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Pune-based global hacker Amit Tiwari arrested

Saturday, 25 January 2014 - 7:53am IST | Place: New Delhi | Agency: DNA
Engineering dropout Amit Vikram Tiwari, 32, compromises 950 foreign email accounts and 171 Indian; he was nabbed in 2003 as well.

Amit Vikram Tiwari, an engineering dropout and global hacker, is in the CBI net.
He is part of a global network of hackers and was arrested on Friday from Pune following a tip-off from the FBI. Tiwari was flown to New Delhi in the evening.

This is for the first time that a global network of cyber hackers has been traced to India. Investigating agencies of China, Romania and the United States collaborated with the CBI to pounce upon the 32-year-old professional hacker who, a source said, had compromised more than 1,000 internet accounts around the world.

The CBI claims that Tiwari’s hacking syndicate has been active in India since 2011, and that he has confessed to hacking 950 foreign email accounts besides 171 in India. Son of an Indian Army colonel, Tiwari was arrested from his house in Pune and taken to New Delhi on a transit-remand for further questioning.

The CBI tracked down Tiwari after the FBI passed on information on the global network of cyber hackers. Simultaneous raids were conducted in Mumbai and Ghaziabad.

This is not the first time Tiwari has been arrested. In 2003, he was arrested by the Mumbai police for defrauding a Mumbai-based credit card processing company of nearly Rs9 lakh when he was only 21 and pursuing a degree in engineering in Pune. At that time, he was operating a website designing services start-up www.mafiaz.com. During investigation, police found several fictitious names of clients and bank account numbers in his computer.

“Though he has claimed to have hacked into the email accounts of over 900 people globally, the kind of clientele whom he was serving is still to be established. From identify theft to corporate rivalry, he was serving all types of clients,” a CBI officer said. But he hacked only email accounts and not bank accounts.

CBI claimed that he was operating through two websites — www.hirehacker.net and www.anonymity.com — and was charging between $250-500 for his service. He was paid via Western Union money transfer and Paypal. He used to send the money to his father and girlfriend.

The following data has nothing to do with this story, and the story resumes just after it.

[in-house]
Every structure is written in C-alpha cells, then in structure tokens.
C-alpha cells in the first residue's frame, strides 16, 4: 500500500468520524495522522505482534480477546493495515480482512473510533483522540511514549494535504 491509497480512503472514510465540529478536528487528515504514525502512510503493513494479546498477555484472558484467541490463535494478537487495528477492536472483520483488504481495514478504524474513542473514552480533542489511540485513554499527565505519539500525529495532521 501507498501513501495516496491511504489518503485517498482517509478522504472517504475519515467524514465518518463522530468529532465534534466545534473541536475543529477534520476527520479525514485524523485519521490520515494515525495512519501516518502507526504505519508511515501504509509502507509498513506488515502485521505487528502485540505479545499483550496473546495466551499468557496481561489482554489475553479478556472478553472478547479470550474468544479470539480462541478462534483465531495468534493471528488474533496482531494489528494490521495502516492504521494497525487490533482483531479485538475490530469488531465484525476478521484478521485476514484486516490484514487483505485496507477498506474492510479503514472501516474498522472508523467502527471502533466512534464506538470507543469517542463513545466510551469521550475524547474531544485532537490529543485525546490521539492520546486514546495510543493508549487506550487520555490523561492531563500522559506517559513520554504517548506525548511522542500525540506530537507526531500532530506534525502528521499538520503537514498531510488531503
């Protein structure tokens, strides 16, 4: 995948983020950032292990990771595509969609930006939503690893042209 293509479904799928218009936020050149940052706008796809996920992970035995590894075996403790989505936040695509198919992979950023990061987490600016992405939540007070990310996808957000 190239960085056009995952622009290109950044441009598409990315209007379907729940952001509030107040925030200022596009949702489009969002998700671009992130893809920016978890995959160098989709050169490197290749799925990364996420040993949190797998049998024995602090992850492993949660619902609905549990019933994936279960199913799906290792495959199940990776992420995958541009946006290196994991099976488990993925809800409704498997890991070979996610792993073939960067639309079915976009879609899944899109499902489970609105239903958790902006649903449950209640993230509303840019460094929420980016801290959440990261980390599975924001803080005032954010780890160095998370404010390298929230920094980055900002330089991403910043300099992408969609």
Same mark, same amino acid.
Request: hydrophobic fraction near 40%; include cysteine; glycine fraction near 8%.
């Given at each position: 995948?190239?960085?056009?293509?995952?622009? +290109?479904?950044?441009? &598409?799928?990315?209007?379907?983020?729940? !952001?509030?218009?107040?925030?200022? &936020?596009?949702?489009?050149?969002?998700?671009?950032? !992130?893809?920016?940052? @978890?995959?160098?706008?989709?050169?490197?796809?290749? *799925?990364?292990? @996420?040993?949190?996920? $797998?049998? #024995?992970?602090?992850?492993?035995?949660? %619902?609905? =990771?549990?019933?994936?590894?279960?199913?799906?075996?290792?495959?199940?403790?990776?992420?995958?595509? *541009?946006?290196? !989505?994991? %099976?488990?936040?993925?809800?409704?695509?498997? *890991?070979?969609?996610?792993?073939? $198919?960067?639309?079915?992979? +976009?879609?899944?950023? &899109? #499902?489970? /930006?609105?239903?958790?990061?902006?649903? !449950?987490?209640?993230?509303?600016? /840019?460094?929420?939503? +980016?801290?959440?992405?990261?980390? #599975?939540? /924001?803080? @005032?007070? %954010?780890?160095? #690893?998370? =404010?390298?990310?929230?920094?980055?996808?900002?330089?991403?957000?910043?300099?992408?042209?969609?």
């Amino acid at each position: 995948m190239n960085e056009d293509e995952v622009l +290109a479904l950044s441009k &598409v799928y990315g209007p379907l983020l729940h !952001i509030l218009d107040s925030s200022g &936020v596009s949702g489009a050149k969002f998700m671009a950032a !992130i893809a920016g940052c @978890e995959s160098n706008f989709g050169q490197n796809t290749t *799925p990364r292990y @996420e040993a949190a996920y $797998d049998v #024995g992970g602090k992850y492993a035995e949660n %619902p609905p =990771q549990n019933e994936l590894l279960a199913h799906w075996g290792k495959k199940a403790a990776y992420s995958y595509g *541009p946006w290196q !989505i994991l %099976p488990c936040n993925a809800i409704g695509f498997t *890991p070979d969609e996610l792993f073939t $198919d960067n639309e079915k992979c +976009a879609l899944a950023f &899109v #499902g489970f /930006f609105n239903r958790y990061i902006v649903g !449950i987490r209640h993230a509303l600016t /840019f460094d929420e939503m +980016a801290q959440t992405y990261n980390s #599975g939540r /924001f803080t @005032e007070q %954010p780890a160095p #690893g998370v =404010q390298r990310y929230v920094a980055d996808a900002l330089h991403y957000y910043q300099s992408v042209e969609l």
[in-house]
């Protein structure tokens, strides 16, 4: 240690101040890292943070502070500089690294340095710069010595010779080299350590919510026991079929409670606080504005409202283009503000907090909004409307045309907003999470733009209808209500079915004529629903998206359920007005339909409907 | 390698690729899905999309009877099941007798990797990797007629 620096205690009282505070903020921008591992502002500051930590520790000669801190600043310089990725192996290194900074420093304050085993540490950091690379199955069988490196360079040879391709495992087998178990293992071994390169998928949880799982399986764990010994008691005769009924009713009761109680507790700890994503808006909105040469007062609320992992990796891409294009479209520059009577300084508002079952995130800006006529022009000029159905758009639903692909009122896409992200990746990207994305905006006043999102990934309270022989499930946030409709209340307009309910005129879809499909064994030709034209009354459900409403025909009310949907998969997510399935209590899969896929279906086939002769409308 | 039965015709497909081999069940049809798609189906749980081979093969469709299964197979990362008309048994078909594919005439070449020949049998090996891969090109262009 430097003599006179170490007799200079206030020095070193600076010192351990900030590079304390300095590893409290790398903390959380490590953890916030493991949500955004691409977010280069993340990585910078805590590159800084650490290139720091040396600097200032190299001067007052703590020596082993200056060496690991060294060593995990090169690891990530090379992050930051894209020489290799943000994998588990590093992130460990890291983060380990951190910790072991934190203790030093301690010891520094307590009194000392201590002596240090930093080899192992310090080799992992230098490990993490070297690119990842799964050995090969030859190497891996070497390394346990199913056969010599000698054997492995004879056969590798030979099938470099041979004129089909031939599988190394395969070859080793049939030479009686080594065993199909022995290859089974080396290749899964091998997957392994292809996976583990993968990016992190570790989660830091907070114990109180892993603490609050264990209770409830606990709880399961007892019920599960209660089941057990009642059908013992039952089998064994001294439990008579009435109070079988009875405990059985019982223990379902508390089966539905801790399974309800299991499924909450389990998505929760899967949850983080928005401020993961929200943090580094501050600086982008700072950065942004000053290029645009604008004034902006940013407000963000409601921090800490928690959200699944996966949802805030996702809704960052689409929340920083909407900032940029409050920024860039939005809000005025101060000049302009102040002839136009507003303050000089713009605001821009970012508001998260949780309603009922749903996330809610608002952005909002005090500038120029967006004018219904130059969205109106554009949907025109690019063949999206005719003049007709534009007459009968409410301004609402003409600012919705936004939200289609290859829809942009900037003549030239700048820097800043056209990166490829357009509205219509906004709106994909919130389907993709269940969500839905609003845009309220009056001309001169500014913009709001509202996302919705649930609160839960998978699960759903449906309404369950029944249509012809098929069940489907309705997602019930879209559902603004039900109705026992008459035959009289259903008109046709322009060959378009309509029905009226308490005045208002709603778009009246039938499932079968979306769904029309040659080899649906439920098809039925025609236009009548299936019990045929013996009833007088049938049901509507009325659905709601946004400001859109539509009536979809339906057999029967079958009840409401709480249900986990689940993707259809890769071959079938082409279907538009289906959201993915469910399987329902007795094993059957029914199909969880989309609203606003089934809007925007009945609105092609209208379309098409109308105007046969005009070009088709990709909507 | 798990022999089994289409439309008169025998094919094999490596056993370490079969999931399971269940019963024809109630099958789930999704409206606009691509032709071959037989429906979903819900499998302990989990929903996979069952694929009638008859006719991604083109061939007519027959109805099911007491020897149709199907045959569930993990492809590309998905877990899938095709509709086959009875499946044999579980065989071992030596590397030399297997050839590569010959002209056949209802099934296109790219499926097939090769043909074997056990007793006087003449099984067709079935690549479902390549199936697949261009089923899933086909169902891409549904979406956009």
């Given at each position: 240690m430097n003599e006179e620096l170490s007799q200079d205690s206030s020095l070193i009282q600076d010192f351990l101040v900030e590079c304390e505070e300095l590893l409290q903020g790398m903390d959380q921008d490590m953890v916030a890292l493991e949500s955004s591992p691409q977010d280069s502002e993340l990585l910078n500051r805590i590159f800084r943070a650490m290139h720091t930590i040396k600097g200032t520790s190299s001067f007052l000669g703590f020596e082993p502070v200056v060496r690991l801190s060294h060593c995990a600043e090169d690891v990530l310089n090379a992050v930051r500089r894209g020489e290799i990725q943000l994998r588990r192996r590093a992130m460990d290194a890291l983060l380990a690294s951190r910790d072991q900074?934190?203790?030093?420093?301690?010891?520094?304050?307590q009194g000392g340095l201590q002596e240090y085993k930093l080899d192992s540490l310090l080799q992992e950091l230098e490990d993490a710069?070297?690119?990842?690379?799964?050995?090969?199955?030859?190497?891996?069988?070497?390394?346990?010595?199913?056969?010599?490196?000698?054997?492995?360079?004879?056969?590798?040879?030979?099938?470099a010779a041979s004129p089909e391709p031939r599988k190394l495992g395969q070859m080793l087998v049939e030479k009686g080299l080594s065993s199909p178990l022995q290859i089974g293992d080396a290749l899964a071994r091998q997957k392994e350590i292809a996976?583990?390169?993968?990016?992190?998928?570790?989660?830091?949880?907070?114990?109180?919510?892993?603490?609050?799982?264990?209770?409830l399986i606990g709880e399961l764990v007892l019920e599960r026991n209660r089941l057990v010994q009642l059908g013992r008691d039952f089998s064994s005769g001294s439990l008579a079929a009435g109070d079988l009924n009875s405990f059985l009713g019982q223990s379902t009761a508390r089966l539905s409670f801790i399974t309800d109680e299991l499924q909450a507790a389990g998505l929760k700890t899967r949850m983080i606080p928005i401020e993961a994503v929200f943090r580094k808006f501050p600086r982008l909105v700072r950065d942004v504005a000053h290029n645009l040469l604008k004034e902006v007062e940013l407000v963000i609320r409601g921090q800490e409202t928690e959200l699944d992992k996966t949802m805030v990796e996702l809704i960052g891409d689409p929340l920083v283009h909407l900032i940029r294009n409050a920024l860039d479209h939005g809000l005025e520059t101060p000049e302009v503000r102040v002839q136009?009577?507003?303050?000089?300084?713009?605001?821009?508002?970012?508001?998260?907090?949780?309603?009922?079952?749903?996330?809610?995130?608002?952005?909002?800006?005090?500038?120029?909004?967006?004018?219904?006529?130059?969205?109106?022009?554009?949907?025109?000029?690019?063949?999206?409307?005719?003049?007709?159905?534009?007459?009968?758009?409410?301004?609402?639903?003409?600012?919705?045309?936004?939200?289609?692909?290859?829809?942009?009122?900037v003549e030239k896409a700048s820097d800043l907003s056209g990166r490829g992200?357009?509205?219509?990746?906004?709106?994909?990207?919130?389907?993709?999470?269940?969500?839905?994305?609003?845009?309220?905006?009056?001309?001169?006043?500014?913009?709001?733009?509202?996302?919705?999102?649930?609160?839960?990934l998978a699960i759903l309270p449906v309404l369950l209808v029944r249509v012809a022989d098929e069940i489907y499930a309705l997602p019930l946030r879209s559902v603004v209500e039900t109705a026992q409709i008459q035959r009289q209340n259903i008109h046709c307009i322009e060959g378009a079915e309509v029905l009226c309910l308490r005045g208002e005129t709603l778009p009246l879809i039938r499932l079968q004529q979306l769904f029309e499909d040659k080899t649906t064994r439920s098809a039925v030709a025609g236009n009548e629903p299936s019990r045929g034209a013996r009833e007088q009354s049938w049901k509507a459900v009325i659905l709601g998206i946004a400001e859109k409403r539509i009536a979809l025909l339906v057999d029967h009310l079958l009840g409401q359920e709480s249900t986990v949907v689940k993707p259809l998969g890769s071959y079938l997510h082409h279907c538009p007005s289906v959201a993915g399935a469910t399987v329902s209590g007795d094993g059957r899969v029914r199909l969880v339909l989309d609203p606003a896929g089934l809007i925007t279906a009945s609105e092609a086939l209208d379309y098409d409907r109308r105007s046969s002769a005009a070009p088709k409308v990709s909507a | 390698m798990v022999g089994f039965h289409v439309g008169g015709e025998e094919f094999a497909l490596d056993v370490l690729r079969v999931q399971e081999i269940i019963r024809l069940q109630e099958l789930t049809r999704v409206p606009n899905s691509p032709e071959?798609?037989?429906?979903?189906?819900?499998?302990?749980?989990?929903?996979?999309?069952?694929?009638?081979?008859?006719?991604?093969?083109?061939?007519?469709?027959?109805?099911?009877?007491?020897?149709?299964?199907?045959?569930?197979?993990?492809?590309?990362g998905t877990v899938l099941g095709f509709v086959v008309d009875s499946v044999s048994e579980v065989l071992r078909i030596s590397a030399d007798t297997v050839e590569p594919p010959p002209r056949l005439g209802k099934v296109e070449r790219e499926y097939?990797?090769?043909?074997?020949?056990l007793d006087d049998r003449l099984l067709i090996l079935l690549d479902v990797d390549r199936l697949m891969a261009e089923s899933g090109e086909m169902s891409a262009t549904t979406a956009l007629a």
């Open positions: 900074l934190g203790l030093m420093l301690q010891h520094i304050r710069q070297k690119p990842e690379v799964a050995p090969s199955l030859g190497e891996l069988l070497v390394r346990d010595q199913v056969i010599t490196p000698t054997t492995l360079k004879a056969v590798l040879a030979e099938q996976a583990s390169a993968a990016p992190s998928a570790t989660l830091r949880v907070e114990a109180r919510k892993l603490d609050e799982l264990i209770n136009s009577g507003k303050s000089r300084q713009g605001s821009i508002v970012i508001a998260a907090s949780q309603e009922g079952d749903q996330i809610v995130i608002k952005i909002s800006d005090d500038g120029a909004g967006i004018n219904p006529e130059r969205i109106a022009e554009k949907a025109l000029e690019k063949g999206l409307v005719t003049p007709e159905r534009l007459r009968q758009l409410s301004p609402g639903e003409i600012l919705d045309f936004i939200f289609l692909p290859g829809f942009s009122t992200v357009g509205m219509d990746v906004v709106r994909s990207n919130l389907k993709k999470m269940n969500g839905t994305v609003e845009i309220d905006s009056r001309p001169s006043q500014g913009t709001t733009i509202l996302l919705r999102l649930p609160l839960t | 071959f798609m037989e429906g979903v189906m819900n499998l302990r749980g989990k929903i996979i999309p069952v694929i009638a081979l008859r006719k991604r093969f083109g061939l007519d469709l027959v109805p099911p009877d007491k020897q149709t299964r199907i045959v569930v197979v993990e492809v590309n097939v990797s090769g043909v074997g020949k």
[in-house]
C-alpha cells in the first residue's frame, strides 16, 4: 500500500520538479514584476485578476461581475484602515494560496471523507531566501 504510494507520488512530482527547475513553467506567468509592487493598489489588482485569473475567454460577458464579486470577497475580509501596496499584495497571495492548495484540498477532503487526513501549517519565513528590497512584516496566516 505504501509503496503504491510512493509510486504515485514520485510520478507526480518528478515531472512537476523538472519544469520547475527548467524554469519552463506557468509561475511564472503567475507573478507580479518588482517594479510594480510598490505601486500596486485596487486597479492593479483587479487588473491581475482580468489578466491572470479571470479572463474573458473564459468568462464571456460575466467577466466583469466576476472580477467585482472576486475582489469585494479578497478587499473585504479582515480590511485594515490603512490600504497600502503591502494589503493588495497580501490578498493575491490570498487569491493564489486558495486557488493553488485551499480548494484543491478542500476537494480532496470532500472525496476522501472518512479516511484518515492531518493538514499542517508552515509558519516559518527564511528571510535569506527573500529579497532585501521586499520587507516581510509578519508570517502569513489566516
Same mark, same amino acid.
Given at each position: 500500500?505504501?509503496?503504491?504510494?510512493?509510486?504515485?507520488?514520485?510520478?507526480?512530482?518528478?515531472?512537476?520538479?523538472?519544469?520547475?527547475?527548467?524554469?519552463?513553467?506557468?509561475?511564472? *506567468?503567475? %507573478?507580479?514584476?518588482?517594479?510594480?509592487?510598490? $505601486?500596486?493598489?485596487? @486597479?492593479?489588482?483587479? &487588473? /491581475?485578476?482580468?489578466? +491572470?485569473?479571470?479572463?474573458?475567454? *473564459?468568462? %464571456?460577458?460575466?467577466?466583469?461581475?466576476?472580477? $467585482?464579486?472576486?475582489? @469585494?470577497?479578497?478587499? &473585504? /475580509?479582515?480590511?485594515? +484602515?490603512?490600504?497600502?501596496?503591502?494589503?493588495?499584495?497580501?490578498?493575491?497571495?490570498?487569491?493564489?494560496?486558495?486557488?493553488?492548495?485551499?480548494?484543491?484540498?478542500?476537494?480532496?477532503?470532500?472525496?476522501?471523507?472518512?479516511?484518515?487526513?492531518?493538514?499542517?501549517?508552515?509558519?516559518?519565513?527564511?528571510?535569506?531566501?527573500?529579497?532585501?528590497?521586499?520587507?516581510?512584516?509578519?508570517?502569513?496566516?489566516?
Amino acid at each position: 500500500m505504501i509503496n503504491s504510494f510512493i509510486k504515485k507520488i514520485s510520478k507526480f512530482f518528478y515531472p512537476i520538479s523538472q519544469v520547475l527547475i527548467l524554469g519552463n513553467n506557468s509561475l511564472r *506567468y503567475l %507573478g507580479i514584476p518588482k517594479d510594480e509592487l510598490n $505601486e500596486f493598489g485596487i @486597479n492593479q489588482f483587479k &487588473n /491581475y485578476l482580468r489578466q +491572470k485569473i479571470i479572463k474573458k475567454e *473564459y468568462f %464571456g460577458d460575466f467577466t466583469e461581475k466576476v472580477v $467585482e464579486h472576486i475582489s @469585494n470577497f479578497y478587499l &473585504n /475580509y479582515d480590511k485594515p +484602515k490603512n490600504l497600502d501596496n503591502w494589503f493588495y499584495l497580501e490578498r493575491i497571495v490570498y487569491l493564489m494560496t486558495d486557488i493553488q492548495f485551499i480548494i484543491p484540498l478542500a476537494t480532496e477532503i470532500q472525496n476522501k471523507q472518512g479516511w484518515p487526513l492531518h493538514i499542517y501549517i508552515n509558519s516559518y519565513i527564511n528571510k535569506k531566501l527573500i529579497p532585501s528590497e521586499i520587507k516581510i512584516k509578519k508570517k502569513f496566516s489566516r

“As part of an international law enforcement operation, the CBI has registered two cases against suspected operators of hacking websites. Similar operations are being conducted in Romania, China and the US. It is suspected that the number of email accounts hacked may be much larger once the data is collected and the accused are interrogated,” a CBI officer said.

Tiwari’s clientele included jilted lovers and corporate entities. After registering the cases, the CBI carried out searches in two locations in Mumbai and one each in Pune and Ghaziabad for violations of various sections of the IT Act and section 379 of the IPC.

Another CBI officer said: “Tiwari lives with his girlfriend, who is an aspirant model in the city. He leads a luxurious lifestyle and often change his homes. He is an expert in hacking bank details and skimming.”

Who is Amit Tiwari?
An engineering dropout from Pune and a global hacker, he is the son of an Indian Army colonel. The Mumbai police arrested him in 2003 for defrauding a Mumbai-based credit card processing company of nearly Rs9 lakh.

What is hacking?
Hacking is explained in section 43 of the Information Technology Act, 2000. It includes unauthorised access, download, introducing virus, disrupting or damaging computers of others.

Sections applicable in hacking

Hacking is punishable under section 66 read with section 43 of the Information Technology Act, 2000.

Punishment/Fine
The person can be punished with up to three years imprisonment or fine up to Rs5 lakh or both.

Who is his clientele?
From jilted lovers to corporate entities, he catered to everyone willing to pay his fees ($250-500). He operated through two websites — www.hirehacker.net and www.anonymity.com. He is accused of hacking into the email accounts of more than 900 people globally. He used to be paid via Western Union money transfer and Paypal.

His modus operandi
Customers who wanted unauthorised access to email accounts used to submit particulars of those accounts on the websites run by Tiwari. Upon receipt of the order as well as the email addresses, the website operators used to gain access to such email accounts and send a proof of such access to the customers. On receiving payment from customers, these website operators shared the password with them, according to the CBI.


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